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Thanks for the feedback, I fixed my implementation by using a new lua_State in the threads that are triggering callbacks (as explained on This solved the strange errors I had and enables servers like this:

-- reply server
server = zmq.Rep("tcp://*:8894", function(msg)
  if msg == nil then
    quit = true
    return 0
  return msg + 5

while not quit do

I know Lua can be compiled with a lock to protect the internals in case multiple threads run in parallel, but I like the global lock to protect the application itself: it makes many things easier. Having the lock is a little like the coroutines: you choose when you "yield"... ;-)


On Sat, Jan 1, 2011 at 1:30 AM, David Manura <> wrote:
On Fri, Dec 31, 2010 at 5:53 PM, Gaspard Bucher <> wrote:
> thread A --> pcall(1) --> in Lua --> in C (unlock, sleep) ... wait for lock
> . .........lock --> end pcall(1)
> thread B ... wait for lock ............... lock, pcall(2) --> in Lua --> end
> pcall(2), unlock
> Is this ok ? If it is not, how can I keep track of multiple "paths" into the
> application ?

If I understand correctly, you have different preemptively multitasked
OS threads using Lua (e.g. via lua_pcall), but these uses are
serialized via a mutex lock around each use to ensure that only one
thread is using Lua at a time.  That is fine.  In fact, if these
threads are not accessing *independent* Lua states (e.g. obtained via
multiple calls to lua_newstate), then these locks can be necessary,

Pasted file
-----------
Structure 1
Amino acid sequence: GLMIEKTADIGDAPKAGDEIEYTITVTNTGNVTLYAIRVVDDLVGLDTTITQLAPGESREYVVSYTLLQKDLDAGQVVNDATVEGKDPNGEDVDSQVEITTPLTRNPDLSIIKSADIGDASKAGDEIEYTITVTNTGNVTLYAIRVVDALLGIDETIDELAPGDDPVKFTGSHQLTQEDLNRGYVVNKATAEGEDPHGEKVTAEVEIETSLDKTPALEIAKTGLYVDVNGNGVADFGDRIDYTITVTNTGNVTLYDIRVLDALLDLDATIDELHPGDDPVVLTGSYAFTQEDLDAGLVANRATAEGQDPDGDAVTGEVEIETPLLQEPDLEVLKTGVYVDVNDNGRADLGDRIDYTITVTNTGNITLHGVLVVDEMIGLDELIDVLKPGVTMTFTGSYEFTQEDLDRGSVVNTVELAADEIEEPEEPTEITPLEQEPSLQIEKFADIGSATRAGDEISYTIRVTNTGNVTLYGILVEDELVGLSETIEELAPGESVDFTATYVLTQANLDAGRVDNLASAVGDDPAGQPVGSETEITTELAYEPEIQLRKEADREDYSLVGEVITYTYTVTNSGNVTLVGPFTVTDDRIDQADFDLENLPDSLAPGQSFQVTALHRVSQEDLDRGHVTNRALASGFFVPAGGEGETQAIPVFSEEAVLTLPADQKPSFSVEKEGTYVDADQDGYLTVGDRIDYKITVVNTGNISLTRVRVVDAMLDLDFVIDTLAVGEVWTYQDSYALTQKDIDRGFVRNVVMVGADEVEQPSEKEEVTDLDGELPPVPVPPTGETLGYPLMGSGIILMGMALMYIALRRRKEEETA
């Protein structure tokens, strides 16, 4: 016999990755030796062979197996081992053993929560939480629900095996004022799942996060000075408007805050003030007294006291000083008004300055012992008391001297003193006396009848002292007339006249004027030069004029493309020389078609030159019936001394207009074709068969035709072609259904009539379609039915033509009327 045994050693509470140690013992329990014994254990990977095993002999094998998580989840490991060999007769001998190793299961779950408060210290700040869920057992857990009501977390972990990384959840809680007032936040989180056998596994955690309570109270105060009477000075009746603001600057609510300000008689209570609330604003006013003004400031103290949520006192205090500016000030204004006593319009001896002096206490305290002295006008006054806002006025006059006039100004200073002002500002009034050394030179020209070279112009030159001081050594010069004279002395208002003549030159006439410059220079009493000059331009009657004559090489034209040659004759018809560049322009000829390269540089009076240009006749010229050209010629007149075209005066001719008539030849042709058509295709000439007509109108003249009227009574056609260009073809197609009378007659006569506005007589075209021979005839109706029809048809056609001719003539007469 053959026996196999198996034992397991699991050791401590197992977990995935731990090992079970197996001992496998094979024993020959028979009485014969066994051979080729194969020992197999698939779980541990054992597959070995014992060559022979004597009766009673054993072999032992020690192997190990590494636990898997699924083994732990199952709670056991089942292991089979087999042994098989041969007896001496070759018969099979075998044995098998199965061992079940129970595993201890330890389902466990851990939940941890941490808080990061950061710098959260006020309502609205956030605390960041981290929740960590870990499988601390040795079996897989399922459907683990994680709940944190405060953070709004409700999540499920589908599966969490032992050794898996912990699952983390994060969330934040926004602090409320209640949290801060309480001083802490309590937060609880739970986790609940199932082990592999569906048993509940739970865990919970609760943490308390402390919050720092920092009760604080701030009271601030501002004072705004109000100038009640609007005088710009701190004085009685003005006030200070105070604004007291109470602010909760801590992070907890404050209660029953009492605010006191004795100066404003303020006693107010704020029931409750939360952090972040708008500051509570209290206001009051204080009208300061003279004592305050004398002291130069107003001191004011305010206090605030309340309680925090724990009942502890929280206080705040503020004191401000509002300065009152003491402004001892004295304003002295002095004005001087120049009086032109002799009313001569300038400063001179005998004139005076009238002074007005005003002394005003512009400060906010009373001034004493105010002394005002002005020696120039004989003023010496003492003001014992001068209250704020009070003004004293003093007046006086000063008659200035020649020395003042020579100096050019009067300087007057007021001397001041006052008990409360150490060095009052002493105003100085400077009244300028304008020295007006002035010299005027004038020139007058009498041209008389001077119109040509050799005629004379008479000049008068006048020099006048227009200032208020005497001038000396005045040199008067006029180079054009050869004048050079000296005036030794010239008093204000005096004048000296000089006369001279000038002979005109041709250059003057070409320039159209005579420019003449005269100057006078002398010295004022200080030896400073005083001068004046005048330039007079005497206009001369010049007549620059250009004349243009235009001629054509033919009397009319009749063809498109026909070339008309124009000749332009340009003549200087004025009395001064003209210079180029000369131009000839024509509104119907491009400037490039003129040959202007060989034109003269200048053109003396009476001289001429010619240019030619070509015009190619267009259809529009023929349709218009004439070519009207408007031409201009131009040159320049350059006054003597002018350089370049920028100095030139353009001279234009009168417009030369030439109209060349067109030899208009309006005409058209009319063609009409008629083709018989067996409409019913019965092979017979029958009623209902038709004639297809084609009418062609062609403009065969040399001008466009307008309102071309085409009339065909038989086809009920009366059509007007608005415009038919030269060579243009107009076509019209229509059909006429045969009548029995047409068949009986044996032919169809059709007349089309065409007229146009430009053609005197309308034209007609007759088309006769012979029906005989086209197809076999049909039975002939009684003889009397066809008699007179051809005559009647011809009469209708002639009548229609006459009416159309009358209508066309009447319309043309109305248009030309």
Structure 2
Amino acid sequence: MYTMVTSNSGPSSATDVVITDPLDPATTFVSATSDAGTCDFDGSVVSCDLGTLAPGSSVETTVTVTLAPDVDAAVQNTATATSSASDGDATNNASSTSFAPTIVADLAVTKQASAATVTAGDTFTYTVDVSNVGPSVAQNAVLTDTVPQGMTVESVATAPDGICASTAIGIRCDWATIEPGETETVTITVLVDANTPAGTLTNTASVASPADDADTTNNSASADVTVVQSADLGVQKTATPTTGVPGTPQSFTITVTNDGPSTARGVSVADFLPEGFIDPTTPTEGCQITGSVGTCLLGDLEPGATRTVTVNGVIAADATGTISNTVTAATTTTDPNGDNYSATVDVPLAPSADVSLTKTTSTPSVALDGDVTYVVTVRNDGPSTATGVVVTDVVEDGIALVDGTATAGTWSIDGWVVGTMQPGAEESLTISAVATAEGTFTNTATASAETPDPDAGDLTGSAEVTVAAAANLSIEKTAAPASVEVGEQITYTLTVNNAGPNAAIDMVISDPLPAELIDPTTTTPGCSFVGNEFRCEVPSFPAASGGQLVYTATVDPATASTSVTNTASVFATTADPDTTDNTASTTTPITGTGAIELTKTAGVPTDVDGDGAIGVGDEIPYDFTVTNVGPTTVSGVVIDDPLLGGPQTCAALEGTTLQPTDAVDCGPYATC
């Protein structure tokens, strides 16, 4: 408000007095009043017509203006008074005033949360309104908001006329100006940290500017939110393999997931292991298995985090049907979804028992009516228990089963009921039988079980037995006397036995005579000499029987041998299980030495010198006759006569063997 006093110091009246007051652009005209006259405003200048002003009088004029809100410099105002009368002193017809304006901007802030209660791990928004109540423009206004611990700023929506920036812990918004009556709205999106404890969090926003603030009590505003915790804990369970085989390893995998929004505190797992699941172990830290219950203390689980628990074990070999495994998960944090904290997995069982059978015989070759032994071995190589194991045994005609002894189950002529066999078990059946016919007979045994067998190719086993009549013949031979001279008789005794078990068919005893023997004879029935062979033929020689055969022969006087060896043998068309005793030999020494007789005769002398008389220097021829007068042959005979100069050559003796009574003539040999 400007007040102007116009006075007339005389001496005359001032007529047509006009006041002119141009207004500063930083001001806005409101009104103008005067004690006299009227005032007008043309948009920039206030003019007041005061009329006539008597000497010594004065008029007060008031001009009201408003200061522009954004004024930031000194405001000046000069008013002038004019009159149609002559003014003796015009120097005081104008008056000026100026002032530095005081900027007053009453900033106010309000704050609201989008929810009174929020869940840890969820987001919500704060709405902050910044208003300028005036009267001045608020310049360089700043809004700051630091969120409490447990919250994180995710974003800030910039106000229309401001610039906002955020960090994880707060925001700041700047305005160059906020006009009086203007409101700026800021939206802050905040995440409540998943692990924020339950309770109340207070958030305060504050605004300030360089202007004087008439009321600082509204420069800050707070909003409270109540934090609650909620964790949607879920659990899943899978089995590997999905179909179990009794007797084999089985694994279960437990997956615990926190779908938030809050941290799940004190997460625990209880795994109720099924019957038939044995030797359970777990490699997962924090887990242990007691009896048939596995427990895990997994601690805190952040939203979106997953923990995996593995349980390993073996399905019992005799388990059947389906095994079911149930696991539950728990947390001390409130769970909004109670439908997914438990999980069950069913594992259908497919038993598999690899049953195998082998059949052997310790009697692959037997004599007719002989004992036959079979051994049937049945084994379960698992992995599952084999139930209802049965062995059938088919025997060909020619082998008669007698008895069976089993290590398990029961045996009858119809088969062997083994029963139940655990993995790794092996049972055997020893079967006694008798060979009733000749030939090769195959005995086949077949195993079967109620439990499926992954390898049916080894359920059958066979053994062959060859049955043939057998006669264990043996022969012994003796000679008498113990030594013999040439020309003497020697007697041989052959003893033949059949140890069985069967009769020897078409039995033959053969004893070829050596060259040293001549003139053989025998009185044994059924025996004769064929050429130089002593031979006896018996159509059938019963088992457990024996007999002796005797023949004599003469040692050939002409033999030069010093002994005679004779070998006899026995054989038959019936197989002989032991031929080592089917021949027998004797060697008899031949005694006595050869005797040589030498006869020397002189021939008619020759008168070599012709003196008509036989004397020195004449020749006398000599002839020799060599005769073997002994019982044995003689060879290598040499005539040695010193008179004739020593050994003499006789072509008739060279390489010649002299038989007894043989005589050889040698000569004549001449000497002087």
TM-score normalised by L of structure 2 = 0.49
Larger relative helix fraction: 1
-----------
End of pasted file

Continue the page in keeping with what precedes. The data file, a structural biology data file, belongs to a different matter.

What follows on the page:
and each lock should surround not just the lua_pcall but probably all
Lua C API calls used so that each complete set of Lua C API calls is
accessed by only a single thread.  Other than that, there's nothing in
Lua that depends on a particular thread running it at a time, except
maybe when Lua in turn calls some C code if that C code is not thread
safe.  Such C code includes the C standard library--so you'd want a
thread-safe version of the C standard library--and any lua_CFunction's
of your own you inject into Lua.

On Fri, Dec 31, 2010 at 6:35 PM, Gaspard Bucher <> wrote:
> I have found this post from february 2010 saying that it should be ok, as
> long as I use a new thread (created with lua_newthread) as Lua context and
> only use it for the callback.

Careful: That's talking about "threads" as in Lua states/coroutines,
not OS threads as I think you're using.  From the Lua References

 "The type thread represents independent threads of execution and it
is used to implement coroutines (see §2.11). Do not confuse Lua
threads with operating-system threads. Lua supports coroutines on all
systems, even those that do not support threads."